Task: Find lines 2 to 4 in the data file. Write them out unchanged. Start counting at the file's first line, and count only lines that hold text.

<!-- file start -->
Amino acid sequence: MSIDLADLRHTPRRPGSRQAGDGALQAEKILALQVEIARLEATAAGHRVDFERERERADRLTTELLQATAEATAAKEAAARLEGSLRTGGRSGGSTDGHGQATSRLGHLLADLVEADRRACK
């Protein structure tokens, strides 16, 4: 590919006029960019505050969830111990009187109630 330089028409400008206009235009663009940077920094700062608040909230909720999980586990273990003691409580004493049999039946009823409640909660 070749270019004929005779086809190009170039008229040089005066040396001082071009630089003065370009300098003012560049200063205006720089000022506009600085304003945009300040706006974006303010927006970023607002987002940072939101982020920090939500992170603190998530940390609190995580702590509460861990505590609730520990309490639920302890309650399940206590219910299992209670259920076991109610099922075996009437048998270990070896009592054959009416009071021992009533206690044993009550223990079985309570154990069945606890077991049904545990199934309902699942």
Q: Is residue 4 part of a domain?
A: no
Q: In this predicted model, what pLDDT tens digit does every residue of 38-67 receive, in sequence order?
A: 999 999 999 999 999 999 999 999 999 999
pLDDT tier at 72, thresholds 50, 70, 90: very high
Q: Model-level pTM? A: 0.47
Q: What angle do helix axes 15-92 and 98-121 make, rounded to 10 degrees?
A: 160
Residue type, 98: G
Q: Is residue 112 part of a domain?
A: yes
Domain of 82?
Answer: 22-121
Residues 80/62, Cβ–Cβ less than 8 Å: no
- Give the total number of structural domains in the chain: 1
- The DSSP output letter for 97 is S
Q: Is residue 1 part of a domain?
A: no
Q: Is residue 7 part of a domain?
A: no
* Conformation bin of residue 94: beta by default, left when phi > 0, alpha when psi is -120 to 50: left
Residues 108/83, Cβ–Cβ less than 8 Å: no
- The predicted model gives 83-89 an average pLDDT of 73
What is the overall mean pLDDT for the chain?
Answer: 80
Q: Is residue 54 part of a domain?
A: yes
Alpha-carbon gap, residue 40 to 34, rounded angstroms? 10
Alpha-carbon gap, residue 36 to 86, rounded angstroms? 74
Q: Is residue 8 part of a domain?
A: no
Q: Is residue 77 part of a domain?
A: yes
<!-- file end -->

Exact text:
């Protein structure tokens, strides 16, 4: 590919006029960019505050969830111990009187109630 330089028409400008206009235009663009940077920094700062608040909230909720999980586990273990003691409580004493049999039946009823409640909660 070749270019004929005779086809190009170039008229040089005066040396001082071009630089003065370009300098003012560049200063205006720089000022506009600085304003945009300040706006974006303010927006970023607002987002940072939101982020920090939500992170603190998530940390609190995580702590509460861990505590609730520990309490639920302890309650399940206590219910299992209670259920076991109610099922075996009437048998270990070896009592054959009416009071021992009533206690044993009550223990079985309570154990069945606890077991049904545990199934309902699942």
Q: Is residue 4 part of a domain?
A: no